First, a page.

K & I used to read them all of the time when we were little, but the first book in the series is still my favorite. "The Original Adventures of Hank the Cowdog" is where it alllll begins..
"Guts, glory, danger, and sacrifice are all in a day's work for Hank the Cowdog, Head of Ranch Security. While investigating a vicious murder on the ranch, he finds himself to be the number one suspect. Resigning in a fit of despair, he heads for the hills to become an outlaw, & a band of ruthless coyotes is happy to teach him the trade. Or are they? They seem to be on his side... until they unveil their plan for a raid on Hank's ranch! Hank knows he can't beat them - will he be forced to join them?"
You've got to read some of the books! They are hilarious & yet so.. real! The books are told from Hank's perspective, who keeps the ranch in working condition along with his dopey side-kick, Drover.
This is my favorite chapter of all time, from the first book.. enjoy(:
The BoxerI slept late the next morning. To be real honest about it, I didn't wake up till sometime in the early afternoon. Guess all that monster fighting kind of wore me down.
What woke me up was the sound of the flatbed pickup rattling up to the gas tank, right in front of my bedroom. He looked at me, gave his head a shake and said something under his breath. I tried to read his lips but couldn't make out what he said. Probably wasn't the Pledge of Allegiance.
Slim went around the front of the pickup and opened up the hood. I was just getting up, right in the middle of a nice stretch, when I heard him say, "Hank, come here, boy."
Geeze, at last a friendly voice. How long had it been since someone had spoken to me in a kind voice? In my job, nobody ever says a word when you do something right, only when you make a mistake, and then you hear plenty about it.
I trotted around to the front of the pickup - limped, actually, because I was pretty stove up from the battle - wagged my tail and said howdy. Slim bent down and rubbed me behind the ears.
"Good dog," he said.
Good dog! I just melted on those words, rolled over on my back and kicked all four legs in the air. It's amazing what a few kind words and a smile can do for a dog. Even as hardboiled as I am, which is something you have to be in my line of work, I respond to kindness.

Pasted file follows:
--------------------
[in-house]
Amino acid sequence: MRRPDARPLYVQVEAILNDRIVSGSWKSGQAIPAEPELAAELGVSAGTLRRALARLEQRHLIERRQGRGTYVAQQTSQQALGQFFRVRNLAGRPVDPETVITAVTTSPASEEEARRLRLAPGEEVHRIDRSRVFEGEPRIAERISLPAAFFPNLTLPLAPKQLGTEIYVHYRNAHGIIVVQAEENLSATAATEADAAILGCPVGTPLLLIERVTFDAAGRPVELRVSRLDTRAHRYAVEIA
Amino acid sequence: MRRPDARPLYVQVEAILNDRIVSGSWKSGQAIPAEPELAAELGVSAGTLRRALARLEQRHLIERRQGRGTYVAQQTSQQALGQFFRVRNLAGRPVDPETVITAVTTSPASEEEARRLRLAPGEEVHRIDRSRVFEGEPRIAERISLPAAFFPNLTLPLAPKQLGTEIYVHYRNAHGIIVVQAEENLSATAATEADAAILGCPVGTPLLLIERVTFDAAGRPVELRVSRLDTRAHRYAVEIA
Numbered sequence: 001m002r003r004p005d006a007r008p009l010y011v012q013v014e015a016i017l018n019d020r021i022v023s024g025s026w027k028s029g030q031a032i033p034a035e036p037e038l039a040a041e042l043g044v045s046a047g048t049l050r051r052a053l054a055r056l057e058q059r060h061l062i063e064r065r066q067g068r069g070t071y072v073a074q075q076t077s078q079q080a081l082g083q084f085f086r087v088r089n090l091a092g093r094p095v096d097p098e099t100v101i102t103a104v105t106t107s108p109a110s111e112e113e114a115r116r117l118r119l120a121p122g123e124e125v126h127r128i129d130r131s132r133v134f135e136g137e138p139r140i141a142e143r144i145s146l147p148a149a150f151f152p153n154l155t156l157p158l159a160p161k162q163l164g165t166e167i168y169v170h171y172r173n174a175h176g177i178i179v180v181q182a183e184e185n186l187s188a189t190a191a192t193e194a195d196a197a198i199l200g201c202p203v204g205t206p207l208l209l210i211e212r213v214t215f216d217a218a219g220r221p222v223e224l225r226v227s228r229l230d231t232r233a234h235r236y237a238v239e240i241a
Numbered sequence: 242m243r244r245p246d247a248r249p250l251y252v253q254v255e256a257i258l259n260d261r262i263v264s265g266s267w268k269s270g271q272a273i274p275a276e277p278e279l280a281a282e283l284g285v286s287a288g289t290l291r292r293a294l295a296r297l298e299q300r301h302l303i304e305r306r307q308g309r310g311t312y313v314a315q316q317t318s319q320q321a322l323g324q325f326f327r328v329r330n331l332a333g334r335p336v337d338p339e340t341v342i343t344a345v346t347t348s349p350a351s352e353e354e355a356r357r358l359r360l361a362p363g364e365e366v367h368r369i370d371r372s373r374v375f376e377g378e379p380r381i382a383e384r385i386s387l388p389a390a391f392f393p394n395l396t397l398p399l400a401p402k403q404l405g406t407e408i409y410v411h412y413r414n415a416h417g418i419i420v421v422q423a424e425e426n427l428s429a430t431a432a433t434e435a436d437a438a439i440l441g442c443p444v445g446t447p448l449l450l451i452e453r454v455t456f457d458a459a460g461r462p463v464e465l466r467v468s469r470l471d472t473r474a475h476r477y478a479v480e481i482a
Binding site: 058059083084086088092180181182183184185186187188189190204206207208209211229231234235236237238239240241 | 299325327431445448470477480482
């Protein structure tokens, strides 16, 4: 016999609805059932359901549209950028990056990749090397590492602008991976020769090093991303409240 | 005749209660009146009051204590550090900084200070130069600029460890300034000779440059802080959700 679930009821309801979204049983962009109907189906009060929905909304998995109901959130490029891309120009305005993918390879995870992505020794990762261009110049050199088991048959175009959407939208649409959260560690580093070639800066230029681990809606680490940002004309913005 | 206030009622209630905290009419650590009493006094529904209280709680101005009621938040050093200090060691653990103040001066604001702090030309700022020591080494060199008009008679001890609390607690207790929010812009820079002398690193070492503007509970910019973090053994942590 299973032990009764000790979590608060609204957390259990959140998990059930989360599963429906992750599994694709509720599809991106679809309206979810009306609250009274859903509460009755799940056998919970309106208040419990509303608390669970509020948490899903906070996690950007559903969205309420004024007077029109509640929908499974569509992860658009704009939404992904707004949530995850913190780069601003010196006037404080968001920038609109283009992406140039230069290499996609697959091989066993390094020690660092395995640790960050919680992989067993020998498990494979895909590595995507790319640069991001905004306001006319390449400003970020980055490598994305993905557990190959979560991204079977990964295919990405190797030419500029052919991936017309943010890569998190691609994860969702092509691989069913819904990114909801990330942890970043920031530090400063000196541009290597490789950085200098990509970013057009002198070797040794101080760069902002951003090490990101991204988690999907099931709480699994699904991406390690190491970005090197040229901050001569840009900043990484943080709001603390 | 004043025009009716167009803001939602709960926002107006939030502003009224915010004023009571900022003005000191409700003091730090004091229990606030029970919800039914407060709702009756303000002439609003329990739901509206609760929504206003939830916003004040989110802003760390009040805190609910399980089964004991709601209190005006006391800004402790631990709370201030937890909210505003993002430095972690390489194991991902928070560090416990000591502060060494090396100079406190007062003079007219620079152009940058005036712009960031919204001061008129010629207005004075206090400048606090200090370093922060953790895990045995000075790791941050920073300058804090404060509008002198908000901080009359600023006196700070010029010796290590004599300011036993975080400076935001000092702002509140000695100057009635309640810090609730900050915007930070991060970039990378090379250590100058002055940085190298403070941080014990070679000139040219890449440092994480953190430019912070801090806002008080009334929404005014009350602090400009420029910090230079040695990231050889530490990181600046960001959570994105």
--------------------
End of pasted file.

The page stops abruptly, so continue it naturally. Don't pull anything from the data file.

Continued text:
Slim rubbed me in that special place at the bottom of my ribs, the one that's somehow hooked up to my back leg. I've never understood the mechanics of it, but if a guy scratches me there it makes my back leg start kicking.
Slim scratched and I kicked. Felt good and made Old Slim laugh. Then he told me to sit. I sat and tried to shake hands. Shaking hands is one of the many tricks I've learned over the years, and I can usually count on it to delight an audience of people.
But Slim didn't notice. He reached under the hood, pulled out the dipstick, and wiped it off on my ear. "Good dog." And that was it. I waited around for some more scratching or handshaking, but he seemed to forget that I was there. He slammed the hood and stepped on my paw. "Oops, sorry, Hank, get out of the way."
The sweet moments in this life are fleeting. You have to enjoy them to the fullest when they come, before some noodle steps on you and tells you to get out of the way.
Slim and Loper got into the pickup, and Loper said, "Don't you dogs try to follow us."
He gunned the motor and pulled away from the gas tank. Drover suddenly appeared out of nowhere and hopped up into the pickup.
"Come on, Hank, we're supposed to go."
In the back of my mind I knew that wasn't right, but I didn't have time to think about it. I chased the pickup until it slowed down for the big hill in front of the house, and jumped in the back.
"Where we going?" I asked.
Drover gave me that famous empty-headed look of his, the one where you can gaze into his eyes and see all of the way to the end of his tail, and there's nothing between. "Beats me, but I bet we're going somewhere."
Loper drove up to the mailbox and turned left. If he had turned right, it would have meant that we were going to the pasture. A left turn meant only one thing: we were going to town. And that meant only one thing: Loper was going to be mad as thunder when he found out we'd jumped in the back and hitched a ride.